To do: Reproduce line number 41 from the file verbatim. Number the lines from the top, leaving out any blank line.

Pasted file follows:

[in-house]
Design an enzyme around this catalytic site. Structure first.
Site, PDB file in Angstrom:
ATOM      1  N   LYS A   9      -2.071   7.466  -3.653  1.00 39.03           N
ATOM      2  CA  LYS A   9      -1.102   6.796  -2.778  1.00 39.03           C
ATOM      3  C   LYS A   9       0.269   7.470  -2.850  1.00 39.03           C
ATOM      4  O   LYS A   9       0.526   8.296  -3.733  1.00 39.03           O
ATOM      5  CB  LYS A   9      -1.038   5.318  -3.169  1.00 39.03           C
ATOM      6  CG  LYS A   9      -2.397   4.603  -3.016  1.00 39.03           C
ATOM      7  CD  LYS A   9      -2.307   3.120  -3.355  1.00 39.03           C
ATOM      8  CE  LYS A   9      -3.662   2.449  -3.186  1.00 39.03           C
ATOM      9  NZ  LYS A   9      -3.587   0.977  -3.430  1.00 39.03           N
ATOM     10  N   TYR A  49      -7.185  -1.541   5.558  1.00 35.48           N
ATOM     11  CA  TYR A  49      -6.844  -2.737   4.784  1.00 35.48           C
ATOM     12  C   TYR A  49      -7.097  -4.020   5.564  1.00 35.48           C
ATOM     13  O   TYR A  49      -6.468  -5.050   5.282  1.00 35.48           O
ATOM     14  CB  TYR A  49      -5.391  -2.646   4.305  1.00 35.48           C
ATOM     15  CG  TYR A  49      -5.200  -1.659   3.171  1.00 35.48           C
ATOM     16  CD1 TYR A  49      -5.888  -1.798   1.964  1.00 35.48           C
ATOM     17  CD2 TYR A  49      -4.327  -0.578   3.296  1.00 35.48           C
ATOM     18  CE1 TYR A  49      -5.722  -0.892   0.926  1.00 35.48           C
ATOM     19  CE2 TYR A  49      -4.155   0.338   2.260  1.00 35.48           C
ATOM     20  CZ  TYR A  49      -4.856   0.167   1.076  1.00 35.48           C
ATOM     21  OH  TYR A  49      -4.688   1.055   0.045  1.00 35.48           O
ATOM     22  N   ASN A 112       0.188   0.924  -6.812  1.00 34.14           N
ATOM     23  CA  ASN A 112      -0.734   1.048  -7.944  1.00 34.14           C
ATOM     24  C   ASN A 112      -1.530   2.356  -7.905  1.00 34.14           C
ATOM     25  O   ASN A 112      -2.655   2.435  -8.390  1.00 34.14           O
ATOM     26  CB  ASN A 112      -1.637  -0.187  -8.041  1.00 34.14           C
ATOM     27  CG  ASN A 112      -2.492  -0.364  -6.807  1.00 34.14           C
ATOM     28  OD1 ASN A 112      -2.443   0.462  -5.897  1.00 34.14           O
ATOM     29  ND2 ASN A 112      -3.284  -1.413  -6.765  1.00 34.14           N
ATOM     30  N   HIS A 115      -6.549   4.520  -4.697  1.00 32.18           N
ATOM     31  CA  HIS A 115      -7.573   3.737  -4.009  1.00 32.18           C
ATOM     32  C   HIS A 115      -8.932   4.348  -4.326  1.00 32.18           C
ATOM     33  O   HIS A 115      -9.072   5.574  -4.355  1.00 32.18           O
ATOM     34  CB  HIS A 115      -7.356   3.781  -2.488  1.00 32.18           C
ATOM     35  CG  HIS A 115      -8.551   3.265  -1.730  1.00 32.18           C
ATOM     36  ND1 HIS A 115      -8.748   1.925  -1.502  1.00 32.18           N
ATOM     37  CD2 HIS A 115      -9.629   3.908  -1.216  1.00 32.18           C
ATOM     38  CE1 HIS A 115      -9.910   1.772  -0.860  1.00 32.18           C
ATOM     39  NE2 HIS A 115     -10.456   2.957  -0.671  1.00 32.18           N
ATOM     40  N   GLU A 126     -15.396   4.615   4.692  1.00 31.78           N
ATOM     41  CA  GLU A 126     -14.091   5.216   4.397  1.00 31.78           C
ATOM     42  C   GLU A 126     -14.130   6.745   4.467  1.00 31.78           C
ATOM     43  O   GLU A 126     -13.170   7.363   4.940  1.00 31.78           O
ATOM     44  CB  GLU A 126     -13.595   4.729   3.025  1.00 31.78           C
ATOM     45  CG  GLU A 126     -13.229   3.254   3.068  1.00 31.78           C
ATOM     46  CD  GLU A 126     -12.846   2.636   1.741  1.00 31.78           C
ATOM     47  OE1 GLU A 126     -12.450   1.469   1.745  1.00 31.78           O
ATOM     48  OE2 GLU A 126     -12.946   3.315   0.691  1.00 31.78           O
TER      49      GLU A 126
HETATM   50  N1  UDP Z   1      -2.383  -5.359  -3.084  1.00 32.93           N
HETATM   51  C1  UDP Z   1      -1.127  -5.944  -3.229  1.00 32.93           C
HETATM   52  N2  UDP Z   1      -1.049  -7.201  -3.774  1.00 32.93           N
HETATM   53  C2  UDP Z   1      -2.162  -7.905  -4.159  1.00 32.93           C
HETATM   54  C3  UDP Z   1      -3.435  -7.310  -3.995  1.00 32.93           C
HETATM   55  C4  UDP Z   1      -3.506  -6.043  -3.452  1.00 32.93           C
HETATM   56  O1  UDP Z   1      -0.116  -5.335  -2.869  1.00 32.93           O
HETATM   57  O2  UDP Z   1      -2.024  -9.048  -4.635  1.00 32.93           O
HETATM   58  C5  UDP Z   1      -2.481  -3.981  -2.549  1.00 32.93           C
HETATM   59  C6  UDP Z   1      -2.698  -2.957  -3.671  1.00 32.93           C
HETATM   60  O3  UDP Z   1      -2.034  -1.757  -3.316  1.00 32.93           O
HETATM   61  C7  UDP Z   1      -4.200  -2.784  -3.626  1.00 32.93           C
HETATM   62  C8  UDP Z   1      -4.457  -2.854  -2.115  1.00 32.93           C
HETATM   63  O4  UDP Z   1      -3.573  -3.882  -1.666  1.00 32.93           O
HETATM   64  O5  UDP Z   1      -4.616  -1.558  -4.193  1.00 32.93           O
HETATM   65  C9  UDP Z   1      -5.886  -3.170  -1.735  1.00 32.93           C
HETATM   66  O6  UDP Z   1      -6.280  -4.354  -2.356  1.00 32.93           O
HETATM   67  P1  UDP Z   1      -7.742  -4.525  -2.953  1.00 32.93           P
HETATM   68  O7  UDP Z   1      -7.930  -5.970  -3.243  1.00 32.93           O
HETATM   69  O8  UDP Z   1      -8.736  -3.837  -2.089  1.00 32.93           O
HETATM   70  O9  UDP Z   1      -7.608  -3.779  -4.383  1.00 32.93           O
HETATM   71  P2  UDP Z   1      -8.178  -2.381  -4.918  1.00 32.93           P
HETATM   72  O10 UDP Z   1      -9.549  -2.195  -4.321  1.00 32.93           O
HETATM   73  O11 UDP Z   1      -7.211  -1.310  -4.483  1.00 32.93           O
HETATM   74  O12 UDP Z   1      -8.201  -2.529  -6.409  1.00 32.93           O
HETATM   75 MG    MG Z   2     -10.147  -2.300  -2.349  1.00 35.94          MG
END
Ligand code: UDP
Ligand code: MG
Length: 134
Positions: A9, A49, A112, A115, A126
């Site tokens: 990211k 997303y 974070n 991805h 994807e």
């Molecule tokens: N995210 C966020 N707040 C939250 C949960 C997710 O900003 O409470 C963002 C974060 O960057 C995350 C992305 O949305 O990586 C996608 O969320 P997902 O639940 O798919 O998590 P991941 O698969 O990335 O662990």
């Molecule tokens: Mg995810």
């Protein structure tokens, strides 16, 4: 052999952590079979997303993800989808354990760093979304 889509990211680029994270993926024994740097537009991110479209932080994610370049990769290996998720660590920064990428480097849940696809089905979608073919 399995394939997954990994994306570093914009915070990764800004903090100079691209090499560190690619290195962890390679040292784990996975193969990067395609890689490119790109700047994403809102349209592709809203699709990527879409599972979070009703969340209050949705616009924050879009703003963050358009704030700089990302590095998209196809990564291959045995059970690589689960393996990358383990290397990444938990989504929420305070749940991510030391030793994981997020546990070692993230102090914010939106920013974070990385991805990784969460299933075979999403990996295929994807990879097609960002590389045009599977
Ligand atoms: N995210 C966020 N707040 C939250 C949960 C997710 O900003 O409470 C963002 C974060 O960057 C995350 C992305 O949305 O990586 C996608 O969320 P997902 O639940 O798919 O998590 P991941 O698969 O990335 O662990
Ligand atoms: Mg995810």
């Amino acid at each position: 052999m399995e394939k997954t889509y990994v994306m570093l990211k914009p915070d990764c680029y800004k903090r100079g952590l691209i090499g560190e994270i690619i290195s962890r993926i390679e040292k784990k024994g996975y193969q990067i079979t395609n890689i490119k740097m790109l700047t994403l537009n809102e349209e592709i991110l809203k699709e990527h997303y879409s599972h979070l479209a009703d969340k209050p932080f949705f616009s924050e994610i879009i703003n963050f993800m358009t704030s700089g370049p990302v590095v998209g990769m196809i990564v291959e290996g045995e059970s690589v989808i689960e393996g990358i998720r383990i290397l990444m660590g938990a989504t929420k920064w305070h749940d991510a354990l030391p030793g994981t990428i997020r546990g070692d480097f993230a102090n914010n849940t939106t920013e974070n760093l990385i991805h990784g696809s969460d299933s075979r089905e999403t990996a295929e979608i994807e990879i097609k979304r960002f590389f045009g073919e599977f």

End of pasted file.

ATOM     38  CE1 HIS A 115      -9.910   1.772  -0.860  1.00 32.18           C